emotional dysregulation: recent publications

How Fear of Failure & Rejection Keep Us from Trying New Things

RSD is one of the most disruptive manifestations of emotional dysregulation — a common but often misunderstood symptom of ADHD, particularly in adults. RSD is a brain-based phenomenon that is likely an innate feature of ADHD. Though the experience of RSD can be painful and even traumatic, it is not thought to be caused by trauma.Just about every person with ADHD experiences rejection sensitivity, says psychiatrist William Dodson, M.D. He says that what triggers this pain is the perception, real or imagined, of being:[Self-Test: Do I Have RSD?]According to Dr.

Dodson, the resulting emotional pain can feel catastrophic to some people with rejection sensitive dysphoria. After an episode, it can take a while for someone with RSD to get back on their feet.RSD only compounds the emotional dysregulation problems that make it difficult for people with ADHD to manage their moods and cope with painful emotions. These tips may help improve emotional regulation:Some people living with ADHD and RSD shield themselves against failure by giving up, unless quick success is guaranteed.

If this sounds familiar, use these tips to help you counter a fear of failure:Life is a journey and we’re happiest when we’re on it, not when it’s over. Relish every moment.SUPPORT ADDITUDE Thank you for reading ADDitude. To support our mission of providing ADHD education and support, please consider subscribing.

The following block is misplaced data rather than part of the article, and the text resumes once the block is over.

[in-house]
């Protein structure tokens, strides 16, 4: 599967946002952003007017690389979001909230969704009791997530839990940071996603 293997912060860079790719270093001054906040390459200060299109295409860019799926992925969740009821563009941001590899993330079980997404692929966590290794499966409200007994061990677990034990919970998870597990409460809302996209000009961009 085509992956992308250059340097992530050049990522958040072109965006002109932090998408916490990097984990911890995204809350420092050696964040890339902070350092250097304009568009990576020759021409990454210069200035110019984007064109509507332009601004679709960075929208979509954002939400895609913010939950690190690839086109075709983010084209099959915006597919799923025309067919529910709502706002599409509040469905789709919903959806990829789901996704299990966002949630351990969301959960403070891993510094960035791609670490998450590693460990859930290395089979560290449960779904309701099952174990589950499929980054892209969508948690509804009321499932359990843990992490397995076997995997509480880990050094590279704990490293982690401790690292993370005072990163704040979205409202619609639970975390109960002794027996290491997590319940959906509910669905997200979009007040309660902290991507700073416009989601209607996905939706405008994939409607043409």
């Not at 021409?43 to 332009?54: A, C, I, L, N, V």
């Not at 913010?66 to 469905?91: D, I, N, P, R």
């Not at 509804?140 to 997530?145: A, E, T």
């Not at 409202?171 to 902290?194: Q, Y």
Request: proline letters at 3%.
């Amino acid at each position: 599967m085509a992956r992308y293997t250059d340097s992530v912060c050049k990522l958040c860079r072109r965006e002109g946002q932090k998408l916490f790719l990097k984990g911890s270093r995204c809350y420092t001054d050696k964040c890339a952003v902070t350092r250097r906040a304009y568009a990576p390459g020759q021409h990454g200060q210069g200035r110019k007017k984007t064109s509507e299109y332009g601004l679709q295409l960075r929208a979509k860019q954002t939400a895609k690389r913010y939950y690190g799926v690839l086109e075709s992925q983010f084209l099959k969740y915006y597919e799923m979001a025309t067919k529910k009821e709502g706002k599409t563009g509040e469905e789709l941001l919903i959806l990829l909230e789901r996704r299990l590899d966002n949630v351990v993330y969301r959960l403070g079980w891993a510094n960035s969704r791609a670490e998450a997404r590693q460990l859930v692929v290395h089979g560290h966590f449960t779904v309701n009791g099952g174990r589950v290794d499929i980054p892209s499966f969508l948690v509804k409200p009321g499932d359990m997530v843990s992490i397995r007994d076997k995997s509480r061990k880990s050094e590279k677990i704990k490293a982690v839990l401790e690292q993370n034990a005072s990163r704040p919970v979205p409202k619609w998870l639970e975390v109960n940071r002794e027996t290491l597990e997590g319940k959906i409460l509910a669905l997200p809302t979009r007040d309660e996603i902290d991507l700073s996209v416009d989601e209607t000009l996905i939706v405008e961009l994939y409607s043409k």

treating adults emotional dysregulation rejection sensitive dysphoria

William Dodson

www.additudemag.comwww.additudemag.com

emotional dysregulation: Readers Choice

RSD is one of the most disruptive manifestations of emotional dysregulation — a common but often misunderstood symptom of ADHD, particularly in adults. RSD is a brain-based phenomenon that is likely an innate feature of ADHD. Though the experience of RSD can be painful and even traumatic, it is not thought to be caused by trauma.Just about every person with ADHD experiences rejection sensitivity, says psychiatrist William Dodson, M.D. He says that what triggers this pain is the perception, real or imagined, of being:[Self-Test: Do I Have RSD?]According to Dr.
big emotions when things don’t go according to expectations. Even minor frustrations and interruptions can cause us to overreact with an outburst or meltdown, making it hard to complete tasks and maintain relationships.This emotional dysregulation creates a vicious cycle, dooming us to repeat the same reaction again and again.We can’t always stop big emotions from spilling over, but we can learn to minimize the damage they cause to others and ourselves and develop emotionally healthy responses in the future. This process of developing emotional resilience is critical.

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